Late Cretaceous and Cenozoic Mammals of North America

Late Cretaceous and Cenozoic Mammals of North America

This book places into modern context the information by which North American mammalian paleontologists recognize, divide, calibrate, and discuss intervals of mammalian evolution known as North American Land Mammal Ages.

Author: Michael O. Woodburne

Publisher: Columbia University Press

ISBN: 9780231503785

Category: Science

Page: 400

View: 122

This book places into modern context the information by which North American mammalian paleontologists recognize, divide, calibrate, and discuss intervals of mammalian evolution known as North American Land Mammal Ages. It incorporates new information on the systematic biology of the fossil record and utilizes the many recent advances in geochronologic methods and their results. The book describes the increasingly highly resolved stratigraphy into which all available temporally significant data and applications are integrated. Extensive temporal coverage includes the Lancian part of the Late Cretaceous, and geographical coverage includes information from Mexico, an integral part of the North American fauna, past and present.
Categories: Science

Fossil Mammals of Asia

Fossil Mammals of Asia

Neogene Biostratigraphy and Chronology Xiaoming Wang, Lawrence J. Flynn, Mikael Fortelius. Qiu, Z.-d., X.-m. Wang, and Q. Li. 2006. ... In Late Cretaceous and Cenozoic Mammals of North America: Biostratigraphy and Geochronology, ed.

Author: Xiaoming Wang

Publisher: Columbia University Press

ISBN: 9780231520829

Category: Science

Page: 752

View: 336

Fossil Mammals of Asia, edited by and with contributions from world-renowned scholars, is the first major work devoted to the late Cenozoic (Neogene) mammalian biostratigraphy and geochronology of Asia. This volume employs cutting-edge biostratigraphic and geochemical dating methods to map the emergence of mammals across the continent. Written by specialists working in a variety of Asian regions, it uses data from many basins with spectacular fossil records to establish a groundbreaking geochronological framework for the evolution of land mammals. Asia's violent tectonic history has resulted in some of the world's most varied topography, and its high mountain ranges and intense monsoon climates have spawned widely diverse environments over time. These geologic conditions profoundly influenced the evolution of Asian mammals and their migration into Europe, Africa, and North America. Focusing on amazing new fossil finds that have redefined Asia's role in mammalian evolution, this volume synthesizes information from a range of field studies on Asian mammals and biostratigraphy, helping to trace the histories and movements of extinct and extant mammals from various major groups and all northern continents, and providing geologists with a richer understanding of a variety of Asian terrains.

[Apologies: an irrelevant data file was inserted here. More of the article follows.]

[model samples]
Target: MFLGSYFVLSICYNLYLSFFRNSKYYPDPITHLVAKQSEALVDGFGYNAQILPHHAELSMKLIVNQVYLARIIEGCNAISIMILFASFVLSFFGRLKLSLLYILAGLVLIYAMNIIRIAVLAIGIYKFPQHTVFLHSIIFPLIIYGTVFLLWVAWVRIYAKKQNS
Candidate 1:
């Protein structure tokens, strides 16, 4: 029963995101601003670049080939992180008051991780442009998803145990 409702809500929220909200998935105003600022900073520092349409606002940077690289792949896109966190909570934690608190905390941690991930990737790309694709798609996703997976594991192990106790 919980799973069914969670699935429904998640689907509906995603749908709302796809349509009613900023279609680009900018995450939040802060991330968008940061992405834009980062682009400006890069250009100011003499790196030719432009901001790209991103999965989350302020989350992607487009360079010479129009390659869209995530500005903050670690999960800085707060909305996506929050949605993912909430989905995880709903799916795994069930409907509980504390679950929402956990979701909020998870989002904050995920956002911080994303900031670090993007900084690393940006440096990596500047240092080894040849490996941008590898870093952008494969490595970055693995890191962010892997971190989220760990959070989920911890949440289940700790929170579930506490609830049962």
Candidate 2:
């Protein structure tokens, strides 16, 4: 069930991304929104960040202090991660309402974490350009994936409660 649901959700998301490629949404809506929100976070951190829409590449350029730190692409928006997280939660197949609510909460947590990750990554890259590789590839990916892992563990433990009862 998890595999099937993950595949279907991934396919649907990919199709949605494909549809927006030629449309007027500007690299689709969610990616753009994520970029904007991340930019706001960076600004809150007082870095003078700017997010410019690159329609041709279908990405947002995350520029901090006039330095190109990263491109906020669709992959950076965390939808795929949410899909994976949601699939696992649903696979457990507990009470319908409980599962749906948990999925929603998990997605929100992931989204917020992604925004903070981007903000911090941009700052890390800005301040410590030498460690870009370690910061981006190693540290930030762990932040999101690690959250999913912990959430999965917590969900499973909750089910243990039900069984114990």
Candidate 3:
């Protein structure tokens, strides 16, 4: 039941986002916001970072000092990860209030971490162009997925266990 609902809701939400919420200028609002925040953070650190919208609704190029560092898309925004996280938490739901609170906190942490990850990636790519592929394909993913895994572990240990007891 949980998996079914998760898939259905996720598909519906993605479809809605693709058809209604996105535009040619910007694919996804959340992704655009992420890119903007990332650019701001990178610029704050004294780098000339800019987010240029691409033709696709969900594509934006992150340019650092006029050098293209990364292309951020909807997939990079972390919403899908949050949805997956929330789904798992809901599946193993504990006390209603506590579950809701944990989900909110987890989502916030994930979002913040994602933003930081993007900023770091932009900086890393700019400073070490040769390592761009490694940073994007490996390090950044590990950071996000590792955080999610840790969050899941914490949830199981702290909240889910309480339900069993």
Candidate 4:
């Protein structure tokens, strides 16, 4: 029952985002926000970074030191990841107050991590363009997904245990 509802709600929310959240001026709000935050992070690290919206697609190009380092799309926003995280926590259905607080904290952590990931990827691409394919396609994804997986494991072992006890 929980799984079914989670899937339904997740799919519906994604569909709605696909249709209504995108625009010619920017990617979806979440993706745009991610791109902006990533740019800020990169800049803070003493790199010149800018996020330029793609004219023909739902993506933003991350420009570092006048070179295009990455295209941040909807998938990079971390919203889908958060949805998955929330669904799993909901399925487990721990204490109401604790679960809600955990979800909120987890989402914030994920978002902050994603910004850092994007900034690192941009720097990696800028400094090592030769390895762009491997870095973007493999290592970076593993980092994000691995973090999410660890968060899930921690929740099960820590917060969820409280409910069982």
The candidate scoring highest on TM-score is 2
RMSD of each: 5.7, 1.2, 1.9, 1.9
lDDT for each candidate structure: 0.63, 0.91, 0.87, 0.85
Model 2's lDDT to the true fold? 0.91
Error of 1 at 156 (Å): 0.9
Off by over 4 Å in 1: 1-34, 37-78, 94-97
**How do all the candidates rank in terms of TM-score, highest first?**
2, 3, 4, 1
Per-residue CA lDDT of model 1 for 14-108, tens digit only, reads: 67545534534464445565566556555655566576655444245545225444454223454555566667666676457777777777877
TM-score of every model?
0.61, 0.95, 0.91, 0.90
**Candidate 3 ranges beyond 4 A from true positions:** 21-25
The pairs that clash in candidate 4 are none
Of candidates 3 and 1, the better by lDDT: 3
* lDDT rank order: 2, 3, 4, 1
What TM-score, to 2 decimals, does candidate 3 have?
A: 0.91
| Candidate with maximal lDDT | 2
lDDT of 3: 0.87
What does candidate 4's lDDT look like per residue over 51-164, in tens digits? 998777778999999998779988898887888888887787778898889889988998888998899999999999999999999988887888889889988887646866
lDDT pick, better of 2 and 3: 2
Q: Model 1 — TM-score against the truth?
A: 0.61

Categories: Science

Mammalogy

Mammalogy

Late Cretaceous and Cenozoic Mammals of North America: Biostratigraphy and Geochronology. Columbia University Press, NY. Woodburne, MO (ed.). 2004b. Global events and the North American mammalian biochronology, 315–343, in Late ...

Author: Professor Emeritus Northern Arizona University Terry A Vaughan

Publisher: Jones & Bartlett Publishers

ISBN: 9781284032185

Category: Science

Page: 750

View: 493

Mammalogy is the study of mammals from the diverse biological viewpoints of structure, function, evolutionary history, behavior, ecology, classification, and economics. Thoroughly updated, the Sixth Edition of Mammalogy explains and clarifies the subject as a unified whole. The text begins by defining mammals and summarizing their origins. It moves on to discuss the orders and families of mammals with comprehensive coverage on the fossil history, current distribution, morphological characteristics, and basic behavior and ecology of each family of mammals. The third part of the text progresses to discuss special topics such as mammalian echolocation, physiology, behavior, ecology, and zoogeography. The text concludes with two additional chapters, previously available online, that cover mammalian domestication and mammalian disease and zoonoses.
Categories: Science

Vertebrate Paleontology in Arizona

Vertebrate Paleontology in Arizona

Cenozoic mammals of North America: Geochronology and biostratigraphy: Berkeley, University of California Press, p. ... M. O., ed., Late Cretaceous and Cenozoic mammals of North America: Biostratigraphy and geochronology: New York, ...

Author: Andrew B. Heckert